Dozens of countries attended a week-long meeting at United Nations headquarters in New York to speed anti-poverty efforts in the world’s poorest countries. The 10-14 January conference was a working session intended to inform discussions by world leaders at the 4th UN Conference on the Least Developed Countries (LDCs) scheduled for the second week of May in Istanbul, Turkey.
The man leading the effort for the UN, Under-Secretary-General Cheick Sidi Diarra, told delegates at the conference opening that many LDCs made “considerable progress in some areas” over the last decade. But there has not been the kind of economic “structural transformation” needed to eradicate poverty and finance infrastructure, health and education needs, he continued. Despite some of the world’s highest and most sustained growth rates, he noted, more than half of the population in LDCs still live in absolute poverty.
Some 48 countries, including 33 in Africa, are currently designated “least developed” by the UN, using a combination of different measurements, including income, health and education levels and trade and economic development indicators. Only three countries have “graduated” from the LDC ranking — Botswana, Cape Verde and the Maldives. The Istanbul meeting is intended to add new urgency to international development efforts.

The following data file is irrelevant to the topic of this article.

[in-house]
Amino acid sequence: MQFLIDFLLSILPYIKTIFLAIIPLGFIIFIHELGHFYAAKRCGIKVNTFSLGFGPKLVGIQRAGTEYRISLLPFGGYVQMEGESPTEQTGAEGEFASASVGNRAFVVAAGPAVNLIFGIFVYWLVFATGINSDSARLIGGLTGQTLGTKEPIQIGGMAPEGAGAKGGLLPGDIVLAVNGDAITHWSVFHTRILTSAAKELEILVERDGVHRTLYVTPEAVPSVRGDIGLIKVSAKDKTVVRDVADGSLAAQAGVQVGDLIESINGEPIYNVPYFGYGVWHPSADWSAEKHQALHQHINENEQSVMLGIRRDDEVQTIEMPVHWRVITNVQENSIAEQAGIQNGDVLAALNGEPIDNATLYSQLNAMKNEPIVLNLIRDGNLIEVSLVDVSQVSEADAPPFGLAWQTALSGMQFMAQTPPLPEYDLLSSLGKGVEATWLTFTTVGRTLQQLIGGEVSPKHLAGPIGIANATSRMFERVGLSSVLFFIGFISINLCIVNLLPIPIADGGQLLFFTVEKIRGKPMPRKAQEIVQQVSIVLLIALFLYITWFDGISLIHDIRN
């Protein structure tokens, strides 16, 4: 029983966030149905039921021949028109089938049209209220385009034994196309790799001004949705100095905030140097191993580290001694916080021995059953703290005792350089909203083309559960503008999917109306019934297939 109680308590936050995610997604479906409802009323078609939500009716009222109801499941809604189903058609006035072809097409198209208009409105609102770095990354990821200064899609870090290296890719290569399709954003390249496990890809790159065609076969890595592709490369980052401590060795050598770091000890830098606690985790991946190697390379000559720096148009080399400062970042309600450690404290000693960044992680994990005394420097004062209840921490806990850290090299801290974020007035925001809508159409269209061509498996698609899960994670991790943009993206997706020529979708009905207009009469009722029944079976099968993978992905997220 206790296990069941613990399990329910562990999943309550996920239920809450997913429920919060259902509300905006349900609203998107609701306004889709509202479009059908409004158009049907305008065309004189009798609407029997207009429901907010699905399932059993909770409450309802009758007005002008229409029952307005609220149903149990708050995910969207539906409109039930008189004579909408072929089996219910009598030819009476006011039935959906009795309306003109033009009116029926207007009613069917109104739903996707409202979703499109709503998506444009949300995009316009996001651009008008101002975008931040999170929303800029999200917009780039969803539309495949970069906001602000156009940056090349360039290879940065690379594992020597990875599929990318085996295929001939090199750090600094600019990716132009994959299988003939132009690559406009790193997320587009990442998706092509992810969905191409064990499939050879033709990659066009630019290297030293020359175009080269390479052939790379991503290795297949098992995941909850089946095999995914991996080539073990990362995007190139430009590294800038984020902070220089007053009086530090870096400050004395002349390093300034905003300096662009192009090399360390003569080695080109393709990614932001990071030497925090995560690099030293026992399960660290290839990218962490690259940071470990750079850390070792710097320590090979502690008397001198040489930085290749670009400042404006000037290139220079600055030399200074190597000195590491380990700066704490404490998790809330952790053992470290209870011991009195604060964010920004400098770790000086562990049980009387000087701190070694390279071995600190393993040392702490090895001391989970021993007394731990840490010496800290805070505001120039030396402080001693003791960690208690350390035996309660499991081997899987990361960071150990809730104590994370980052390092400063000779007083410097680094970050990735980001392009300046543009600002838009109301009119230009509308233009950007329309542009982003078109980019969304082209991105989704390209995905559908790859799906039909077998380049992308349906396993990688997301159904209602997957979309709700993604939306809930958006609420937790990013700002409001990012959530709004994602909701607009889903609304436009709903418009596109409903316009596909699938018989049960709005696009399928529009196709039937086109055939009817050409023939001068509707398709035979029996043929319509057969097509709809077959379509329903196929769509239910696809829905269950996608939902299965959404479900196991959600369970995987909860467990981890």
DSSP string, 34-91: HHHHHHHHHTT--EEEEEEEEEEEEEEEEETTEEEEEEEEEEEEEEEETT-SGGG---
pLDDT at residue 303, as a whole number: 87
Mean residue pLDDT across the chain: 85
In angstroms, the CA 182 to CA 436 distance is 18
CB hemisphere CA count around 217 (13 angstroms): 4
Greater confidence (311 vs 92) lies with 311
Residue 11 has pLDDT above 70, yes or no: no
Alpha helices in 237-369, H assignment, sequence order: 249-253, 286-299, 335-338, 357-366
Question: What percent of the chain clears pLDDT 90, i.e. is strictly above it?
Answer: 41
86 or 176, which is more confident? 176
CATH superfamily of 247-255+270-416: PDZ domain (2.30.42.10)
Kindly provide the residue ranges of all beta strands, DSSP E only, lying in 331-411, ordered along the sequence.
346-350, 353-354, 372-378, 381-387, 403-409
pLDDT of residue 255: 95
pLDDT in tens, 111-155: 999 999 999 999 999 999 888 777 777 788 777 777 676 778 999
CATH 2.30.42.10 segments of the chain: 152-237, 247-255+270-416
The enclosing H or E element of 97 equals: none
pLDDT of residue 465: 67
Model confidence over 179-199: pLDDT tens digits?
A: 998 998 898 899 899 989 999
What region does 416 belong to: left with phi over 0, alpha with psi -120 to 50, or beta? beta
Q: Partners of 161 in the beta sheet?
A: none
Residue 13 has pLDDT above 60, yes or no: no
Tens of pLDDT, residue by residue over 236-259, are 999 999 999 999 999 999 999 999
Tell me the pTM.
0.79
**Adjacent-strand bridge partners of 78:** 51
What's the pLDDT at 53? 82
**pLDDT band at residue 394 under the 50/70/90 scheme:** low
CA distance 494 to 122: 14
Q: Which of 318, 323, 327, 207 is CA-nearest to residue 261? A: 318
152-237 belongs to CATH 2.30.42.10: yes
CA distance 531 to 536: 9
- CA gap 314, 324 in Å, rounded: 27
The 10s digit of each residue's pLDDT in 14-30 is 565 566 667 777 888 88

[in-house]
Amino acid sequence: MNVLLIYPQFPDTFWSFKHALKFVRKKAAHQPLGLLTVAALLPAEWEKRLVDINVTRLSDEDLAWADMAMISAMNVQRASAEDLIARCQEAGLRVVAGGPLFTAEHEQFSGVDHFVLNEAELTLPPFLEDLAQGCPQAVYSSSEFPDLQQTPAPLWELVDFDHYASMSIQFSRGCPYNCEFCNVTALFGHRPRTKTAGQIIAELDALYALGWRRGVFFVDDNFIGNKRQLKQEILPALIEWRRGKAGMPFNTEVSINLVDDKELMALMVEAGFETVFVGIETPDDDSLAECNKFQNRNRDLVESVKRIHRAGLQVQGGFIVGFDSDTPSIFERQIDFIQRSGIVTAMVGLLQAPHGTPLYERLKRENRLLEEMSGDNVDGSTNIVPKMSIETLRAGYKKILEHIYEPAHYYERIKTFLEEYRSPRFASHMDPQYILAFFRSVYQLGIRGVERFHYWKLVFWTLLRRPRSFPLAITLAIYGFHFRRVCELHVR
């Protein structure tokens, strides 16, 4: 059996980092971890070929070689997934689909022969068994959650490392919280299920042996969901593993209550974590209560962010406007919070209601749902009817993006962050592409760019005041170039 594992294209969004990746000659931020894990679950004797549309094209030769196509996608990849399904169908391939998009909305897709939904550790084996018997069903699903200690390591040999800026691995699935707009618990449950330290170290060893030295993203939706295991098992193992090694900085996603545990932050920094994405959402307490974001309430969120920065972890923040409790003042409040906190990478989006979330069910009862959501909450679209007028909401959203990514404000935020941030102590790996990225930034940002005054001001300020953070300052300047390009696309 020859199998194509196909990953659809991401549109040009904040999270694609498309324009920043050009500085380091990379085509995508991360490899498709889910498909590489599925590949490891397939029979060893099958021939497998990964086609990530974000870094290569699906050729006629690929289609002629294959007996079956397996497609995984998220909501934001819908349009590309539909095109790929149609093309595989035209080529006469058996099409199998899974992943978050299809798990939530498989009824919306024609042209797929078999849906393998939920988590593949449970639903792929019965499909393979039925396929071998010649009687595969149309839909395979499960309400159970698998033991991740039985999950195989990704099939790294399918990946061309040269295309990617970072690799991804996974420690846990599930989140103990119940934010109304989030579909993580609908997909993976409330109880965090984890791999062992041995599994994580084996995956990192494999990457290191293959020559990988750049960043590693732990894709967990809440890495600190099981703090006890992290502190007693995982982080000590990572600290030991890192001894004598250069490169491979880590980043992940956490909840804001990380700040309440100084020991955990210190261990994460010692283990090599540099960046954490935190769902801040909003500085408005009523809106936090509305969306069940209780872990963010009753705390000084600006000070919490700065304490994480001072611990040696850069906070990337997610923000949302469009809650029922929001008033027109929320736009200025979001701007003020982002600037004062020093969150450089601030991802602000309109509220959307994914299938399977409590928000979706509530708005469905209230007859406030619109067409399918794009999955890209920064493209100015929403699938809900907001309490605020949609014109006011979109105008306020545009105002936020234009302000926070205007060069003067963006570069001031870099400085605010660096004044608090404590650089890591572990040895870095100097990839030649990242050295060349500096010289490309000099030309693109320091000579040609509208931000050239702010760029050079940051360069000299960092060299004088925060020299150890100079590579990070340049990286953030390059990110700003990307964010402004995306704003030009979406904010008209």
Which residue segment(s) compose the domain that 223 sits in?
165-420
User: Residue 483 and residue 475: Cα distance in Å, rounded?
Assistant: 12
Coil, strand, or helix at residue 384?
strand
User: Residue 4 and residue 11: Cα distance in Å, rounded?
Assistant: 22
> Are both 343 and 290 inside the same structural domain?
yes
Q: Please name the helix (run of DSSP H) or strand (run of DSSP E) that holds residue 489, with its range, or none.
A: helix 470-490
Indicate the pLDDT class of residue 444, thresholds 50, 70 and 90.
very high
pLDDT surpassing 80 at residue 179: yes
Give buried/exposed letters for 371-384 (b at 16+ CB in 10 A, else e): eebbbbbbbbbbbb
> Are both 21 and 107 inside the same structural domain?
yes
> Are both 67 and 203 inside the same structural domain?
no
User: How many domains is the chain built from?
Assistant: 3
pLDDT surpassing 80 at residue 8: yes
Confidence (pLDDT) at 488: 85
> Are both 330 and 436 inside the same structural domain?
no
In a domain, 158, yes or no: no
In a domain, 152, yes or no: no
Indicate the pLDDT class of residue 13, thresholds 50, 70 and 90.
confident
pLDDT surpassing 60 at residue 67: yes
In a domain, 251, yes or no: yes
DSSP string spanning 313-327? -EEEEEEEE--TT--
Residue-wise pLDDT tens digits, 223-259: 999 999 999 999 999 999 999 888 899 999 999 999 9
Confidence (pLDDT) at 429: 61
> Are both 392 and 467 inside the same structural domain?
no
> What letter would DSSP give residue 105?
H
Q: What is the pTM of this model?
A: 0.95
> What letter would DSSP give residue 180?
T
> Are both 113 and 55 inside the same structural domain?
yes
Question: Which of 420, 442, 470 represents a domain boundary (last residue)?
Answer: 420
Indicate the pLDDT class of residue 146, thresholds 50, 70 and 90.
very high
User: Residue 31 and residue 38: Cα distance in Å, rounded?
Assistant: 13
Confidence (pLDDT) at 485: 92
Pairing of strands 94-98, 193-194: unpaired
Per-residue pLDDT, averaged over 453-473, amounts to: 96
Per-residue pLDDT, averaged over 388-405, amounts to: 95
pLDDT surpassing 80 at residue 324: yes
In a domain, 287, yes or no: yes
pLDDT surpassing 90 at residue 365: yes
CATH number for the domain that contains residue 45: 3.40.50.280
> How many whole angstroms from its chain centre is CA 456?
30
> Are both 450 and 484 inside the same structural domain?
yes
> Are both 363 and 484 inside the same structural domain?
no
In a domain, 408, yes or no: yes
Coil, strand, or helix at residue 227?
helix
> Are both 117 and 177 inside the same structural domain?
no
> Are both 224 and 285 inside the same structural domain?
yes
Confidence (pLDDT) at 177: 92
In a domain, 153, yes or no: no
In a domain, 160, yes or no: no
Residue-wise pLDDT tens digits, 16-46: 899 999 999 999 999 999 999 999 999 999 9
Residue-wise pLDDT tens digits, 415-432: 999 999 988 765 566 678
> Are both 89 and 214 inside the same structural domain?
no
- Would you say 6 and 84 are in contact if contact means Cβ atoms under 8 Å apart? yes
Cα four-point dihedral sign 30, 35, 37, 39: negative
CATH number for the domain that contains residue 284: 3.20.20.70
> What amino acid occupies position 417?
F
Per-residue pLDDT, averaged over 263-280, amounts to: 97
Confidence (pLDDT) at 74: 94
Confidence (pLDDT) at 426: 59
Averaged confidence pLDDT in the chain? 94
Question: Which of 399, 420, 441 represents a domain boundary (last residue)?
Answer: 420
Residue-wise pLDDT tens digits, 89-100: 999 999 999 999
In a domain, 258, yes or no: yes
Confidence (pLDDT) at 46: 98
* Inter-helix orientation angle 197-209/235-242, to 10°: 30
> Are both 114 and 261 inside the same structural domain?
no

Mr. Diarra, the high representative for least developed countries, landlocked developing countries and small island developing states, predicted that the 9-13 May meeting in Istanbul would shape the development agenda for the poorest countries for years to come. Increased investment in infrastructure, manufacturing and farm production, greater development aid and private investment, better access to world markets and help in combating climate change, he said, will be critical if the world’s poorest countries are to lift themselves from poverty.
Through better domestic policies and increased international support, Mr. Diarra concluded, half the countries now classified as LDCs could graduate from the list within the next 10 years. “We are at a turning point in the process,” he told reporters after the conference opening. “The next days and months will be crucial.”
— Africa Renewal online